Aston Martin will return to the legendary Le Mans 24 Hour race in 2011 with a new LMP1 race car designed to compete for top honours.

                    The new Gulf Oil liveried car is being designed from the ground up with an Aston Martin open cockpit monocoque chassis and a new purpose-designed race engine.
                    http://www.astonmartin.com/thecompan...f-8d66e064dbc8

                    The LMP1 2011 Aston Martin Le Mans race car features a new purpose-designed race engine and the company's open cockpit monocoque chassis. The 2011 LMP1 race car complies with the new Automobile Club De L'Ouest (ACO) technical regulations for 2011 and was built to go against the diesel-engined competitors.
                    http://www.zercustoms.com/news/2011-...-Race-Car.html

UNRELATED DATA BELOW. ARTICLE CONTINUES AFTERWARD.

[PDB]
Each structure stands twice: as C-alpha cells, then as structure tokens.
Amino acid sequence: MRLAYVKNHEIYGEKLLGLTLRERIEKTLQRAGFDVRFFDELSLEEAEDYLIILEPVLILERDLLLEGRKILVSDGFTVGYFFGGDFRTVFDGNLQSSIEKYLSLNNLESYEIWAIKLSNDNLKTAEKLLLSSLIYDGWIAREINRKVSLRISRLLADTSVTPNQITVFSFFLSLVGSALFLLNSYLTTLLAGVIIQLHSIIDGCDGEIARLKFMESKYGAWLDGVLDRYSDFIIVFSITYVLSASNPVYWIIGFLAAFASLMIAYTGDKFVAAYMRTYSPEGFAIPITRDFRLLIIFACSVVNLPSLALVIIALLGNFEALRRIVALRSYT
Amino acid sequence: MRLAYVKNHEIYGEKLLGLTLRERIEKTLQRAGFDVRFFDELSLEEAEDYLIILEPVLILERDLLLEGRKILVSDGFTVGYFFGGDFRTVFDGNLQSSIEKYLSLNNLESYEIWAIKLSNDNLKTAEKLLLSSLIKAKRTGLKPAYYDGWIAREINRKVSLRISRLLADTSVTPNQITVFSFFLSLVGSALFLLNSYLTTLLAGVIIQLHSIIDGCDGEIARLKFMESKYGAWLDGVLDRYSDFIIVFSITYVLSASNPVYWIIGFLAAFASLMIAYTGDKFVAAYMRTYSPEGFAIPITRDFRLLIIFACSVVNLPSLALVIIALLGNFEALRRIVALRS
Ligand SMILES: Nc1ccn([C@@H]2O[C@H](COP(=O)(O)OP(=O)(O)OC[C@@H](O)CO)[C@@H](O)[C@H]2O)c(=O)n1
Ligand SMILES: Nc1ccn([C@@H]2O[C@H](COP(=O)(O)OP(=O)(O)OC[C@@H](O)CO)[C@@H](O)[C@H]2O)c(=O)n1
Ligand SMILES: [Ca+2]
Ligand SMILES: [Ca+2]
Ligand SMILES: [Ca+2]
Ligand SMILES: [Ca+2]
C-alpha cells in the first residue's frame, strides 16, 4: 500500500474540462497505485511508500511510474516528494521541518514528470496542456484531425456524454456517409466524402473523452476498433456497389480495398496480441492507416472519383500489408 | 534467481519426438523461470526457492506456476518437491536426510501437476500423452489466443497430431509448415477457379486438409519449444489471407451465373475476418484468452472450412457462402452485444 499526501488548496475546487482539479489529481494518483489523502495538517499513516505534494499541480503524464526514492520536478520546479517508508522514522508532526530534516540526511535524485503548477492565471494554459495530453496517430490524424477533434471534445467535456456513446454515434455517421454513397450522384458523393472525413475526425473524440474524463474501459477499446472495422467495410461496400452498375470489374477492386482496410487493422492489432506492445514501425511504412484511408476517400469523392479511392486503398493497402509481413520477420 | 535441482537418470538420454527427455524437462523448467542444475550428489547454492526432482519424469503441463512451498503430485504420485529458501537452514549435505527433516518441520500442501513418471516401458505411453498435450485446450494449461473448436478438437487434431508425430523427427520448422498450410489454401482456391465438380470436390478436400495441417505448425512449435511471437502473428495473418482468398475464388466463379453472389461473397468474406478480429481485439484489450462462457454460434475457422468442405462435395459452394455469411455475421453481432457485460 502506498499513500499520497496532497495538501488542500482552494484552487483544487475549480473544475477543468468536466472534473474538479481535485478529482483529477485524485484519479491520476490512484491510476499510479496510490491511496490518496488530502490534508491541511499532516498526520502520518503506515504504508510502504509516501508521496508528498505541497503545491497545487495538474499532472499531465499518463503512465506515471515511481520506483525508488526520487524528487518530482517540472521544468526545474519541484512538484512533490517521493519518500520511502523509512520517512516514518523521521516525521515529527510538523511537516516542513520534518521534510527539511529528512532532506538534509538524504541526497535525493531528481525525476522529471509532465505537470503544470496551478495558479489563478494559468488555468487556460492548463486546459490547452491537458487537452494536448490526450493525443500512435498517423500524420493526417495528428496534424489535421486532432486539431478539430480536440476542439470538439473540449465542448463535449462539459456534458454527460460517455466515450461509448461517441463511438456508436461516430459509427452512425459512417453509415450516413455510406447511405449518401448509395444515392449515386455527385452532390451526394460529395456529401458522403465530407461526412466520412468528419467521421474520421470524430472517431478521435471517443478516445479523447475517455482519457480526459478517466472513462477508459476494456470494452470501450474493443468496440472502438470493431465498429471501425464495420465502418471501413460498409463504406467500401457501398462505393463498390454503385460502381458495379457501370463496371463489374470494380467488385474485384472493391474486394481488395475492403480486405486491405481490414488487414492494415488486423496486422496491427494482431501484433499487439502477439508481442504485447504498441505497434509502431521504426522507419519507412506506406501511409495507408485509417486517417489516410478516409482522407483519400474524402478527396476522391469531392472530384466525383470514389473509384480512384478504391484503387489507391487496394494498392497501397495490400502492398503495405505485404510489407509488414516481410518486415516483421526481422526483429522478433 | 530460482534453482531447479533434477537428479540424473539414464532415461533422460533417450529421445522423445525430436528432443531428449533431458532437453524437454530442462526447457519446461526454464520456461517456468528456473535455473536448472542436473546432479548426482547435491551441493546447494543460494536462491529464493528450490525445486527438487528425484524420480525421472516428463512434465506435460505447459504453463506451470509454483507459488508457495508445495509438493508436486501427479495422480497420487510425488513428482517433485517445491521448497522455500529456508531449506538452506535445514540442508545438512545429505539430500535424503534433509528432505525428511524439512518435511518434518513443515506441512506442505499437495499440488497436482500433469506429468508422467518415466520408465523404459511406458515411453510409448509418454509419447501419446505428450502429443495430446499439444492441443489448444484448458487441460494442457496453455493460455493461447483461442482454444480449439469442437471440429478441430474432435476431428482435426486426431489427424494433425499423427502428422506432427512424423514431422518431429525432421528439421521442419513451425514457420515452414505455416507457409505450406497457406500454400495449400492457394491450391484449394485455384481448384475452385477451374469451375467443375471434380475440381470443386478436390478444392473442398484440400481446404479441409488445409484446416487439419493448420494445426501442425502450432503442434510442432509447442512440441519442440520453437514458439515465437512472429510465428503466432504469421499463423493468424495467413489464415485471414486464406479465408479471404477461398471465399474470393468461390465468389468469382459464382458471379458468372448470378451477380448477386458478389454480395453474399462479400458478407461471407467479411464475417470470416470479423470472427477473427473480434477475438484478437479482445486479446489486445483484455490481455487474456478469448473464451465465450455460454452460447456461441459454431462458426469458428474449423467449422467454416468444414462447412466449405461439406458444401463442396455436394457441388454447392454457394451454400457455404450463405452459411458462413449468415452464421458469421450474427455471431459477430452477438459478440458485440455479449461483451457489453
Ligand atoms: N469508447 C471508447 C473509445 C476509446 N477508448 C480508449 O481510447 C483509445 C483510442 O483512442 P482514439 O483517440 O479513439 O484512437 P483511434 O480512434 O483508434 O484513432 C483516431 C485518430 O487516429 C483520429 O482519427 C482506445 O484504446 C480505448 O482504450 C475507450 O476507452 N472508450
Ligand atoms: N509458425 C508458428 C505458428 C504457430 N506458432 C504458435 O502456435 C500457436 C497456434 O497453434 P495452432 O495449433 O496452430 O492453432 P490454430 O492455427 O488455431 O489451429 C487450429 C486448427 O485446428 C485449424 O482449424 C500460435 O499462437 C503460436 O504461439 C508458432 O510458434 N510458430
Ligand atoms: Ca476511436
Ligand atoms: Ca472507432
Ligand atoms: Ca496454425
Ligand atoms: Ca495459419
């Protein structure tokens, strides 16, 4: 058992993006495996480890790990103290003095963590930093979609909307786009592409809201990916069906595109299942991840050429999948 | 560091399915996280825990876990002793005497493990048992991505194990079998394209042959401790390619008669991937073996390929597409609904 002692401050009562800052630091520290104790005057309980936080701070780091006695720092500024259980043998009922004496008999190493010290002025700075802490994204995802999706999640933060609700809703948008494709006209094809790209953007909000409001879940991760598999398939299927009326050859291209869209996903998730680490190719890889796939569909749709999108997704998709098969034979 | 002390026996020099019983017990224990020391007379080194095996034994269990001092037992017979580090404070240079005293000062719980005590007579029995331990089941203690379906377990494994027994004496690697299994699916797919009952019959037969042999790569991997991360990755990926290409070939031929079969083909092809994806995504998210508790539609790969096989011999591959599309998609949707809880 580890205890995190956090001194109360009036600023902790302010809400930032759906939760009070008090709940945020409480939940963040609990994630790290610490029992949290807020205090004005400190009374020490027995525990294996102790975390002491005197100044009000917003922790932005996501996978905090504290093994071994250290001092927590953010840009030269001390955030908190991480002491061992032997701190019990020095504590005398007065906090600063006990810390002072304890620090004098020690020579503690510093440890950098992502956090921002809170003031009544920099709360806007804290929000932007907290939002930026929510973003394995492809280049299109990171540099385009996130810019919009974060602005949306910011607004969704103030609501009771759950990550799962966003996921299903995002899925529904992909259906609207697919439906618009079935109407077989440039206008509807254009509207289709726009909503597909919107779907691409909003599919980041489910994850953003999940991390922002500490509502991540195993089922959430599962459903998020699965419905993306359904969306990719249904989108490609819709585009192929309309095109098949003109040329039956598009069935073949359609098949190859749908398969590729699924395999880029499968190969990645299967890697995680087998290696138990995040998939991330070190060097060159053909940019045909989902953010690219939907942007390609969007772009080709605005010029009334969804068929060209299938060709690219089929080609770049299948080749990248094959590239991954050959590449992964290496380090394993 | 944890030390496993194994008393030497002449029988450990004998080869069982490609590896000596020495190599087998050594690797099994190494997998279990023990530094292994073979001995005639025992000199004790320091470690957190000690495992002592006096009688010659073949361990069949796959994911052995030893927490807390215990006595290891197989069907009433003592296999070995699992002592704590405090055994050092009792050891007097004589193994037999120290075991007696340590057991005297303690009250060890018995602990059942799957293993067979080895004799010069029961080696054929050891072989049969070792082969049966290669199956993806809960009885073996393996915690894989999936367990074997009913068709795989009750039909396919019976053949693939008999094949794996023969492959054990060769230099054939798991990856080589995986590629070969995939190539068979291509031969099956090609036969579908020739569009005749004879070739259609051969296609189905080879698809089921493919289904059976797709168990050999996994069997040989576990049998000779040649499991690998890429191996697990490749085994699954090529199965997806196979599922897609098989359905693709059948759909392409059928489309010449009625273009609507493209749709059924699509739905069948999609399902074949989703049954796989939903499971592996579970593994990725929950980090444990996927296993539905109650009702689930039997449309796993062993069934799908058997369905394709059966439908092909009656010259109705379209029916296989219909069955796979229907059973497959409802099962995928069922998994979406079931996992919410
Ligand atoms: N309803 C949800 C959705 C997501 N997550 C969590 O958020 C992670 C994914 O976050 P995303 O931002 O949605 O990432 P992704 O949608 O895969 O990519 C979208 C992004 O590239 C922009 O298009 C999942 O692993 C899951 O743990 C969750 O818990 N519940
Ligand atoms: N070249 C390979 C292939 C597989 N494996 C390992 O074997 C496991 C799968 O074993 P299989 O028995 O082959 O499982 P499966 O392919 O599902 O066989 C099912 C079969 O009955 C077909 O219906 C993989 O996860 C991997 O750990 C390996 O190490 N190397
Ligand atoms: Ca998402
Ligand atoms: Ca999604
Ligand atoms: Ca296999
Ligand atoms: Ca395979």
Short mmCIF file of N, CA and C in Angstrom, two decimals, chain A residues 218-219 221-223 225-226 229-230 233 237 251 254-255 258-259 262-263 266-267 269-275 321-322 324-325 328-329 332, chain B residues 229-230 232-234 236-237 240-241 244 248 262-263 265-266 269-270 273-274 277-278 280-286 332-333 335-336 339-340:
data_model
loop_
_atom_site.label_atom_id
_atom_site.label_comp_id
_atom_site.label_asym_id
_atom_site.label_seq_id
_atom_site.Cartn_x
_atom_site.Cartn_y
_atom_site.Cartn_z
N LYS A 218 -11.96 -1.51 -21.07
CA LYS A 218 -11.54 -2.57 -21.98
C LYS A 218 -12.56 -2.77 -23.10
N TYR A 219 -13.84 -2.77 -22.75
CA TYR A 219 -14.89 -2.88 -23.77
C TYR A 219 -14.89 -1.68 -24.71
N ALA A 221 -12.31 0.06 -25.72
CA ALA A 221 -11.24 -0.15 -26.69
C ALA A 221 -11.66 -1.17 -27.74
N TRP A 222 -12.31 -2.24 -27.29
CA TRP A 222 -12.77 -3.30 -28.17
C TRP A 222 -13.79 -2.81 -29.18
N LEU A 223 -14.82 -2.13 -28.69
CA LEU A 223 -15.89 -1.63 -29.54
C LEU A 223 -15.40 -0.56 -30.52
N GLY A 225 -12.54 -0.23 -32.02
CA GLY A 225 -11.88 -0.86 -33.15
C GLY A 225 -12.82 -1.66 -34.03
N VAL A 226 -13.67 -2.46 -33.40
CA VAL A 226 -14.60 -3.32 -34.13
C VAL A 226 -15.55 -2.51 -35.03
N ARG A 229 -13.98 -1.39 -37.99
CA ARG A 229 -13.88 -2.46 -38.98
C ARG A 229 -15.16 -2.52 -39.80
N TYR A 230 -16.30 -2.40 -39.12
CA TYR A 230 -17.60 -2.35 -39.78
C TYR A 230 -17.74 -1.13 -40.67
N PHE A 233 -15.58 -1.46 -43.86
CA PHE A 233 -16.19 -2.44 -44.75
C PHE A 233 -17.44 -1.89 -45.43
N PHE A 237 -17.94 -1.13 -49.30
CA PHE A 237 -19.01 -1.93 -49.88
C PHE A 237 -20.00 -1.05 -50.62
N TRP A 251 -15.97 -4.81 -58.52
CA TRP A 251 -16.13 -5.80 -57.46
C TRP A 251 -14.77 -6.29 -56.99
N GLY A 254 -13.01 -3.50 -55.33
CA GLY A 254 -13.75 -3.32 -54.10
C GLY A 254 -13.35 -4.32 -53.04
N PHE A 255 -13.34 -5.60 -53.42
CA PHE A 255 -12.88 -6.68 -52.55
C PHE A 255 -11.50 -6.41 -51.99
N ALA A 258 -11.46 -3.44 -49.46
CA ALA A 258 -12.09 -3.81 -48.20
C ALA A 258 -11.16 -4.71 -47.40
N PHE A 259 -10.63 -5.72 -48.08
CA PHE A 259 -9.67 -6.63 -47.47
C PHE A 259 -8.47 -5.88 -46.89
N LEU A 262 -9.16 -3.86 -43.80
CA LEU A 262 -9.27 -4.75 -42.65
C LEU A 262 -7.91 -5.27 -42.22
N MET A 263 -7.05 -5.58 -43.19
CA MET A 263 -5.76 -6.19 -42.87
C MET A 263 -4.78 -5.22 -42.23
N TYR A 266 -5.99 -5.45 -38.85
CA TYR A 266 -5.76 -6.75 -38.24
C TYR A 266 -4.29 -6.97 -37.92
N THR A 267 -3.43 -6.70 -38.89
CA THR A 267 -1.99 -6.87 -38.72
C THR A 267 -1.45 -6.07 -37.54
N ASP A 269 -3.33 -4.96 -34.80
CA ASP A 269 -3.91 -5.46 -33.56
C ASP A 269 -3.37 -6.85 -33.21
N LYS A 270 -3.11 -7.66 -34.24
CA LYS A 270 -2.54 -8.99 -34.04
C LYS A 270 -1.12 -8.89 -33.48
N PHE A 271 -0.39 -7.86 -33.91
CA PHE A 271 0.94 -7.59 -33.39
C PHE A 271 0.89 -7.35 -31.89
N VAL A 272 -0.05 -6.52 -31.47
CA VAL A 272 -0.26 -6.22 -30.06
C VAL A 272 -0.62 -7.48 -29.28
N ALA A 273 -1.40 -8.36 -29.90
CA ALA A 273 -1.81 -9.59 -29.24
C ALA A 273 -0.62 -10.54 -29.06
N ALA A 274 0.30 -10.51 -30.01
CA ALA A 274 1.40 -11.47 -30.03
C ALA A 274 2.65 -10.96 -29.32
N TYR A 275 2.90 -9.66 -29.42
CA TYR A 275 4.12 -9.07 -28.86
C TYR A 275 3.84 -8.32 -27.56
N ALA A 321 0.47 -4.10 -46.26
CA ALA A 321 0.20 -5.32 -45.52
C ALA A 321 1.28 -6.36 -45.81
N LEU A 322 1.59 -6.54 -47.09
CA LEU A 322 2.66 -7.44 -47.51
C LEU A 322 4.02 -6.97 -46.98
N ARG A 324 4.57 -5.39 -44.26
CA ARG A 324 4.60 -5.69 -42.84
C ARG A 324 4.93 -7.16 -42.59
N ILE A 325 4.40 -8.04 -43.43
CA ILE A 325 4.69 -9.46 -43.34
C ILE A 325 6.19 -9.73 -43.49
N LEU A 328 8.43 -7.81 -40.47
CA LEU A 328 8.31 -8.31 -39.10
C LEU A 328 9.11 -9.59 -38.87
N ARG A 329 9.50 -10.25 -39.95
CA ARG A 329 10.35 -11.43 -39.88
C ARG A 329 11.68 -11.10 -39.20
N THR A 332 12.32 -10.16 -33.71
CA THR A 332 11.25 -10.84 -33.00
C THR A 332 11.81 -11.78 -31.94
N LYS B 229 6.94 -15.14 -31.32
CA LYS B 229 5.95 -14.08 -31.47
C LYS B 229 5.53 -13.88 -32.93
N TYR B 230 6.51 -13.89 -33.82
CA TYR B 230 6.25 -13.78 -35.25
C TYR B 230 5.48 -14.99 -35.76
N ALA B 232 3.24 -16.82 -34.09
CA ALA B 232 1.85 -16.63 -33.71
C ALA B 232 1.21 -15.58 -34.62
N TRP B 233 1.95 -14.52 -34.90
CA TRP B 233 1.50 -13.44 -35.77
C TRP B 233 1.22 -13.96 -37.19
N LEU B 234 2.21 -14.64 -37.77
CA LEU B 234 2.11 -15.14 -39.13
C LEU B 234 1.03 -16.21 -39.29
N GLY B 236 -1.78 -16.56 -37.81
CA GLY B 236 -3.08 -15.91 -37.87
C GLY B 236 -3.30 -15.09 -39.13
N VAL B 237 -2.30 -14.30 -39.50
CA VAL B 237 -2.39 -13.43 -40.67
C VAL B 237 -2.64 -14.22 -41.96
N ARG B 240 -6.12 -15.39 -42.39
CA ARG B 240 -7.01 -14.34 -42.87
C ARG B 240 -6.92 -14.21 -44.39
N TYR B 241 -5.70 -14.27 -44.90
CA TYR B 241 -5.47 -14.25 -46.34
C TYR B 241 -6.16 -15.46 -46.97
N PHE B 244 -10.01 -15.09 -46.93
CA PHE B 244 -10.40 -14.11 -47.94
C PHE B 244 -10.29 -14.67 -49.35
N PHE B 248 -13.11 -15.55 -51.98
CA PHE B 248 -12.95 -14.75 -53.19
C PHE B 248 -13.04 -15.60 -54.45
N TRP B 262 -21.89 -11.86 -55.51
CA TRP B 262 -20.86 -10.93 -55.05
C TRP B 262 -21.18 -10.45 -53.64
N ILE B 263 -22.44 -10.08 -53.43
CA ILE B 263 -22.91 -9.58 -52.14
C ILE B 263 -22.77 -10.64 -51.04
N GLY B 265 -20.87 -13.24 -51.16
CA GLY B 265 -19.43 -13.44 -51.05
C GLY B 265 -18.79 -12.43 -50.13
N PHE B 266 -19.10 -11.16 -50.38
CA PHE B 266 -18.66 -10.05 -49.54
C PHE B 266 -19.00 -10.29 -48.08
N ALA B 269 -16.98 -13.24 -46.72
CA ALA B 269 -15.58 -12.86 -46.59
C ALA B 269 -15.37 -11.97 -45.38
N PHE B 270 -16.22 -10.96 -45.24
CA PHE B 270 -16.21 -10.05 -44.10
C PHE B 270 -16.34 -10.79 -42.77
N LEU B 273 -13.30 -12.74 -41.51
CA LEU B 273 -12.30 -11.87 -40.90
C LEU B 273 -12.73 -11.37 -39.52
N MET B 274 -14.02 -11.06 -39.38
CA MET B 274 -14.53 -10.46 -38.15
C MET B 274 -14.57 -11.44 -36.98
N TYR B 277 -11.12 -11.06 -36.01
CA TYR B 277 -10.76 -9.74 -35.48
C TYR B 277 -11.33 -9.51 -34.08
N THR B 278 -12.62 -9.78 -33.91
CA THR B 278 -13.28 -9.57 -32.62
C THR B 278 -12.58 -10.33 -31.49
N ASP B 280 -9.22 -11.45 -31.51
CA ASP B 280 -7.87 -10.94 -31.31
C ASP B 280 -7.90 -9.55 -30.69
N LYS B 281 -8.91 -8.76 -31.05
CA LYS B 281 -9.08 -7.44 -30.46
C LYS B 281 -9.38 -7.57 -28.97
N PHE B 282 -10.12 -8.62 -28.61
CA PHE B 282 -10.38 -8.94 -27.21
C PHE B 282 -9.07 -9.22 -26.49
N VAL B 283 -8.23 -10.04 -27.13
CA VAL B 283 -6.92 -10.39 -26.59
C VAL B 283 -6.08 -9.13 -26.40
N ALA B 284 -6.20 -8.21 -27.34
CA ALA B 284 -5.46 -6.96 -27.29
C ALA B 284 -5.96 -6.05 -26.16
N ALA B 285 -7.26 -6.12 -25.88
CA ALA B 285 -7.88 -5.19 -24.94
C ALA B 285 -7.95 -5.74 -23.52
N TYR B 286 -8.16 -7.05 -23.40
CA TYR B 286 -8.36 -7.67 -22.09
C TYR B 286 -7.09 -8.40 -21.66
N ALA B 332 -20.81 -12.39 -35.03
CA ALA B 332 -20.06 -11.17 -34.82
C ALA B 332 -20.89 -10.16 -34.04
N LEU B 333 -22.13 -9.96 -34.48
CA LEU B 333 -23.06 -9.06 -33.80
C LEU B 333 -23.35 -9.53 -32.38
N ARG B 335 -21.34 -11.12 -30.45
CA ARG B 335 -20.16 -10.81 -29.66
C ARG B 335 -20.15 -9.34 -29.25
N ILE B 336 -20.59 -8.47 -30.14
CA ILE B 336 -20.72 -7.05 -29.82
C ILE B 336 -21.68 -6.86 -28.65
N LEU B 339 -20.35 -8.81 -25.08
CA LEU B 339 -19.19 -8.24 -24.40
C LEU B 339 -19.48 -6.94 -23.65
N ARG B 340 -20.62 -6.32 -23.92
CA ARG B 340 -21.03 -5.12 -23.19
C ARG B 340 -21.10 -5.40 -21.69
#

"I would really like to go to NASCAR. I really enjoy NASCAR and if I could be there in a couple of years that's where I'd want to be." - Jeff Gordon (after testing a Formula Super Vee)

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                    • #11
                      Originally posted by Spike View Post
                      Remember the League-mandated "diapers?"
                      Please tell me that wasn't exactly what it sounds like.
                      Manus haec inimica tyrannis ense petit placidam sub libertate quietem.

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                      • #12
                        Originally posted by Spike View Post
                        Aston Martin will be running a newly-designed, purpose-built race engine next year in its LMP1 chassis. That's what I was talking about.

                        http://www.astonmartin.com/thecompan...f-8d66e064dbc8
                        It's still production based. It has to be. Those are the rules.